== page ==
Once you know what level is appropriate, use that minute volume and concentration as a starting point for future appointments. You may need to increase or decrease volume or concentrations depending on the procedure being preformed and the patient’s frame of mind. However, adjustment will be minimal.
If you want a more rapid induction, have the patient take three breaths of a 70% nitrous oxide/oxygen gas mixture and then turn the concentration down to 30% nitrous oxide. Almost all patients will be relaxed in a matter of 30 seconds or less. You do want to empty the bag after the third breath so it fills with the 30% mixture. In this way you can achieve sedation very quickly. There is no reason to leave a patient on nitrous while you wait for local anesthesia to take effect or if you need to leave the room.
One final comment — It is imperative that a patient never be left alone in an operatory while on nitrous oxide sedation. Should the patient decide to get out of the chair, he or she could fall because coordination is impaired. A dentist should always be accompanied by a second staff member when treating a patient on nitrous because some patients have sexual hallucinations while on nitrous oxide, but that is a topic for some future presentation.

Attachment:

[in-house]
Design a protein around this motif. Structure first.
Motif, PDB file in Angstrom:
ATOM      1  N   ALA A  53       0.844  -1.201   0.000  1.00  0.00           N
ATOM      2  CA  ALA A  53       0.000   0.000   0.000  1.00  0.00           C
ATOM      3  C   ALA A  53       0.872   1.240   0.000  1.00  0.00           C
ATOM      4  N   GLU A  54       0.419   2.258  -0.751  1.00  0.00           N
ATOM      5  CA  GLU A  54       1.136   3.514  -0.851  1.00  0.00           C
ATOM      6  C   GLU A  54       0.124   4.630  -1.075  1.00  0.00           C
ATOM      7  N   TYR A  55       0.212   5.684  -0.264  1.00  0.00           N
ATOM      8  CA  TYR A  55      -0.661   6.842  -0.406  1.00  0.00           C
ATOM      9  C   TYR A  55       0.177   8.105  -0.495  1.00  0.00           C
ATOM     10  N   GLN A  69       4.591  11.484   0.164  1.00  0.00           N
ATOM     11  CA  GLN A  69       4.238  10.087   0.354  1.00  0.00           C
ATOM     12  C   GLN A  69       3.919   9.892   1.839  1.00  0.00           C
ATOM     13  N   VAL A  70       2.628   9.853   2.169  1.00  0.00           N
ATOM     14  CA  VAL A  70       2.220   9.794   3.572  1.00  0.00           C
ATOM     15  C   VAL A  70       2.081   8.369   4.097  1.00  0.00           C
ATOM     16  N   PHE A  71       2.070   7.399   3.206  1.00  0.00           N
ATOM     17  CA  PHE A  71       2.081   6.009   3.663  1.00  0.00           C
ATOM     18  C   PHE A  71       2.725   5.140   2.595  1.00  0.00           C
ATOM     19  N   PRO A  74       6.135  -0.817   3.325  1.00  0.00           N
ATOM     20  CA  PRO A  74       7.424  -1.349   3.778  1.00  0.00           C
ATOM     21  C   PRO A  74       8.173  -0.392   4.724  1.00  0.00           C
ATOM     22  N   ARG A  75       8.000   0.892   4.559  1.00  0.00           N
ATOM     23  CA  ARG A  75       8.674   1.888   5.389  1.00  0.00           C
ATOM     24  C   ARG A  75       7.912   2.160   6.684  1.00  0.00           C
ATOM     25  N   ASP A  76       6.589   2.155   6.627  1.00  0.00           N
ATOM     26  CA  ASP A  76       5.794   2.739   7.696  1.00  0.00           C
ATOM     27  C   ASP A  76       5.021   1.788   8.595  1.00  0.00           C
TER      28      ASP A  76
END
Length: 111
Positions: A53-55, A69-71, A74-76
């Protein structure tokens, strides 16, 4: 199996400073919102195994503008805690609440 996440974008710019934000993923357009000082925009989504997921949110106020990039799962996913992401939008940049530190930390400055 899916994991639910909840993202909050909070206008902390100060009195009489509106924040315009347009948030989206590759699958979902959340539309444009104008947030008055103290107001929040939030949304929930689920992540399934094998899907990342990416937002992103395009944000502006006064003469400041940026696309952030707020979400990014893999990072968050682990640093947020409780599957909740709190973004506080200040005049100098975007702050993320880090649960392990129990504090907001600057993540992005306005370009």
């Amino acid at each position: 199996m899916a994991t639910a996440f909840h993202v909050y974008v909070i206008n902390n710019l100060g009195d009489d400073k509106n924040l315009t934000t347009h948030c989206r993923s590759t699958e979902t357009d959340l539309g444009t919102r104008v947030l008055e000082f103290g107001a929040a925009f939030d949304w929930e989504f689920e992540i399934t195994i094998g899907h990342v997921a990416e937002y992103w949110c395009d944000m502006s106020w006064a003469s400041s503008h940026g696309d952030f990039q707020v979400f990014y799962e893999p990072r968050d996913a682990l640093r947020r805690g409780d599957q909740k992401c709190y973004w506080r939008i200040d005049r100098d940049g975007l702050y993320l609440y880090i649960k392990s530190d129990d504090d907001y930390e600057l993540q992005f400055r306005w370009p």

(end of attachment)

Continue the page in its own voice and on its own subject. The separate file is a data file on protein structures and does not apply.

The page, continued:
A demonstration of these induction techniques can be seen on a podcast of the international dental forum: http://pages.wizzard.tv/e/k-971be16f7ccb95f5
Fred C. Quarnstrom, DDS, FADSA, FAGD, FICD, FACD, CDC, FACD, graduated from the University of Washington Dental School in 1964 and started his dental career as a dental officer in the United States Navy. He served with the Marine Corps and a Naval Construction Battalion, making the first amphibious assault in Vietnam at Chu Lai. After the Navy experience, he spent a year at the Washington Hospital Center in Washington, DC, in the first year of a medical residency in anesthesia. He has received fellowships in the Academy of General Dentistry, American Dental Society of Anesthesiology, International College of Dentistry, and the American College of Dentistry. He is a diplomate of the American Board of Dental Anesthesiology and the National Board of Dental Anesthesiology. He is a certified dental insurance consultant of the American Association of Dental Consultants. He has presented more than 500 continuing-education courses on nitrous oxide sedation, practice management, computer usage, electronic dental anesthesia, and IV and Halcion oral sedation. He holds the position of clinical assistant professor in the Department of Dental Public Health Sciences at the University of Washington School of Dentistry and the Faculty of Dentistry University of British Columbia. He has authored 45 papers, three manuals, two chapters in books, a book for dental consumers titled “Open Wider: Your Wallet Not Your Mouth, A Consumer’s Guide to Dentistry,” and continues to do research in nitrous oxide sedation, electronic dental anesthesia, and Halcion oral sedation. He has been in a private general practice in Seattle since 1967. Contact him at http://faculty.washington.edu/quarn and http://openwider.org, or by e-mail at email@example.com.